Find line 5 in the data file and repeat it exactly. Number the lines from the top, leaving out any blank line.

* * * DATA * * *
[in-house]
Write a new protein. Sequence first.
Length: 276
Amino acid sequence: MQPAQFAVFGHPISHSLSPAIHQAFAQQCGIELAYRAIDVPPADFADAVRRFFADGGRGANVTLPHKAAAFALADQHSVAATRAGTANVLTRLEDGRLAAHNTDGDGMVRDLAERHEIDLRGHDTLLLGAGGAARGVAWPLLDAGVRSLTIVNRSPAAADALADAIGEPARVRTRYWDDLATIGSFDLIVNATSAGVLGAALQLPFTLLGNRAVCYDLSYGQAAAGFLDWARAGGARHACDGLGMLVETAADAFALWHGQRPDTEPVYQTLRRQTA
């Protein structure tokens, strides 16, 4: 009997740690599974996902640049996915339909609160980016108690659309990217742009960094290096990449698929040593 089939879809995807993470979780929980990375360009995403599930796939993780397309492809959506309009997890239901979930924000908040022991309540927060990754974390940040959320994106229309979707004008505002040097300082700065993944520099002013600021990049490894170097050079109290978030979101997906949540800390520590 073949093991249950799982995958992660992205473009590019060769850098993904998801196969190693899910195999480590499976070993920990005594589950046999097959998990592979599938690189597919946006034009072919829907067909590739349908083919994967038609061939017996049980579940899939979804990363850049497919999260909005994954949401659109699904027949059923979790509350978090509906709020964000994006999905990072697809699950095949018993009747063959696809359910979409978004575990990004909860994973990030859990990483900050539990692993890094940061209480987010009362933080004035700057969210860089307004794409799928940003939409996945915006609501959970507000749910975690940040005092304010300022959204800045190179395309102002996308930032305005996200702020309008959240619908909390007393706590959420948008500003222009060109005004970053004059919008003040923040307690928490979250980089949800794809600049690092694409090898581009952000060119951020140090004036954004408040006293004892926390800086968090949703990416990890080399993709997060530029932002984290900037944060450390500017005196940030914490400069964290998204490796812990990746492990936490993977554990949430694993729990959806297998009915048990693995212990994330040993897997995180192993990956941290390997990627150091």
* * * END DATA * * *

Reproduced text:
């Protein structure tokens, strides 16, 4: 009997740690599974996902640049996915339909609160980016108690659309990217742009960094290096990449698929040593 089939879809995807993470979780929980990375360009995403599930796939993780397309492809959506309009997890239901979930924000908040022991309540927060990754974390940040959320994106229309979707004008505002040097300082700065993944520099002013600021990049490894170097050079109290978030979101997906949540800390520590 073949093991249950799982995958992660992205473009590019060769850098993904998801196969190693899910195999480590499976070993920990005594589950046999097959998990592979599938690189597919946006034009072919829907067909590739349908083919994967038609061939017996049980579940899939979804990363850049497919999260909005994954949401659109699904027949059923979790509350978090509906709020964000994006999905990072697809699950095949018993009747063959696809359910979409978004575990990004909860994973990030859990990483900050539990692993890094940061209480987010009362933080004035700057969210860089307004794409799928940003939409996945915006609501959970507000749910975690940040005092304010300022959204800045190179395309102002996308930032305005996200702020309008959240619908909390007393706590959420948008500003222009060109005004970053004059919008003040923040307690928490979250980089949800794809600049690092694409090898581009952000060119951020140090004036954004408040006293004892926390800086968090949703990416990890080399993709997060530029932002984290900037944060450390500017005196940030914490400069964290998204490796812990990746492990936490993977554990949430694993729990959806297998009915048990693995212990994330040993897997995180192993990956941290390997990627150091």